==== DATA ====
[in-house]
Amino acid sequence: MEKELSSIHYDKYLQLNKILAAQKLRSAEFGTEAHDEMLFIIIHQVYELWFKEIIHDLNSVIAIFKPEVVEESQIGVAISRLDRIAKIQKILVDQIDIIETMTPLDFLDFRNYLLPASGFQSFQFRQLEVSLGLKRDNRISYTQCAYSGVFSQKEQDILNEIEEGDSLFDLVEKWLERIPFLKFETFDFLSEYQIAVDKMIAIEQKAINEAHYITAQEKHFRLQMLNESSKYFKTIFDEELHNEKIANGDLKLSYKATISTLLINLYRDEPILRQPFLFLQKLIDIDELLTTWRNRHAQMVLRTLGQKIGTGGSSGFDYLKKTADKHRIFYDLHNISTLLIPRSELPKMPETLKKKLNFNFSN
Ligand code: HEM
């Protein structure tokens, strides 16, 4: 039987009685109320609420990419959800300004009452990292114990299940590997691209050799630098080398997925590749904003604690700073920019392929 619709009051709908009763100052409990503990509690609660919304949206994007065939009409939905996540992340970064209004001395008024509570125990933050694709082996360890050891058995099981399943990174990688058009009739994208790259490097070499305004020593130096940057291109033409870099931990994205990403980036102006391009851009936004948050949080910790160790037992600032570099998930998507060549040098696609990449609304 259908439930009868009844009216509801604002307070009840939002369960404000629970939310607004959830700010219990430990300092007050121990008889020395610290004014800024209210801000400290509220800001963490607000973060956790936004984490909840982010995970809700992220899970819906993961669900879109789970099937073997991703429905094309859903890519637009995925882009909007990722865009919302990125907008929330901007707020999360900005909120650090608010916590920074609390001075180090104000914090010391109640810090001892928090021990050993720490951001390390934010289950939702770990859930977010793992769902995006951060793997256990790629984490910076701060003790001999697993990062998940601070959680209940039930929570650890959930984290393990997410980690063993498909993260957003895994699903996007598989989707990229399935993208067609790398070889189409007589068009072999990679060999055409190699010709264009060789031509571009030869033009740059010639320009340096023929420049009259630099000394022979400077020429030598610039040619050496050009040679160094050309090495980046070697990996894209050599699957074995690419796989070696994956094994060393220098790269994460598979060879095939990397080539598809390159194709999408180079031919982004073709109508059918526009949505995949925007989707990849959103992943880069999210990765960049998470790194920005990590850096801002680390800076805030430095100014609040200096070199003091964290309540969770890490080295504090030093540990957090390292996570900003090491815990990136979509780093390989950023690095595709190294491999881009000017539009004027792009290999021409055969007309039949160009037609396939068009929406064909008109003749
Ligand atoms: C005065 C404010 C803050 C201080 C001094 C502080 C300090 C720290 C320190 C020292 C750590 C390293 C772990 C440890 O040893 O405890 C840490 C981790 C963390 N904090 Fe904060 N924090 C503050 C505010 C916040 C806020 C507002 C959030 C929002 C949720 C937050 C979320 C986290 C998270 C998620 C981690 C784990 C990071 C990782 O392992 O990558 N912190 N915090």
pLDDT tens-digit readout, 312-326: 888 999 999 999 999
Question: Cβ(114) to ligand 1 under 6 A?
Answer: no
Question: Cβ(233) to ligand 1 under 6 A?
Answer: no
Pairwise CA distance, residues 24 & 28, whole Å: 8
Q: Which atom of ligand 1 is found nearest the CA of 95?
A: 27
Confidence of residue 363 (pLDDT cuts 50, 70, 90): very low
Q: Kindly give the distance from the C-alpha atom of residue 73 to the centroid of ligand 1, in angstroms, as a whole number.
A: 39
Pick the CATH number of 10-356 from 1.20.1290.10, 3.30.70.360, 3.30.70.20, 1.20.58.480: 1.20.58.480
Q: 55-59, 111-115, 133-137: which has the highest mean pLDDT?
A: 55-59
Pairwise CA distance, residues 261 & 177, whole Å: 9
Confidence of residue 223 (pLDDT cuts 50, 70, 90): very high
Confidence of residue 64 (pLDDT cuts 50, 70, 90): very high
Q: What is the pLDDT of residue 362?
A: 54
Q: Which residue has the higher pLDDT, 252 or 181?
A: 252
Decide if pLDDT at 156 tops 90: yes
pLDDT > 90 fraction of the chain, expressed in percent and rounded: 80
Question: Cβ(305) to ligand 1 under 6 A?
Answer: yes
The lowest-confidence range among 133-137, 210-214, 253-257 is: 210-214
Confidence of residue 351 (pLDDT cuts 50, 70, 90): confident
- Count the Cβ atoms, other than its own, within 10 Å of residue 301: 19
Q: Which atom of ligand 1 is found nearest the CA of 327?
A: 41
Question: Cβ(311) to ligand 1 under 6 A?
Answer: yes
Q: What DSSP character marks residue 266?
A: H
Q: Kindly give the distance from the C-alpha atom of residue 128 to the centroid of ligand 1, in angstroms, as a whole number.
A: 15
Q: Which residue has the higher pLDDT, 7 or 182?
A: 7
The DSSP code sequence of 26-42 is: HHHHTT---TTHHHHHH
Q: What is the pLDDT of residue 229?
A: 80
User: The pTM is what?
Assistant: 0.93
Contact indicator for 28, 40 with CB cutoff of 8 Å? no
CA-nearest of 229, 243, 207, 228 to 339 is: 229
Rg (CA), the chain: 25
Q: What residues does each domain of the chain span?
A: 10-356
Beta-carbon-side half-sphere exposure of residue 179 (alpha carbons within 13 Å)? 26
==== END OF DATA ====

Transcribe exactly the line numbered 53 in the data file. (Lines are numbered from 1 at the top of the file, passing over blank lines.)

A: 10-356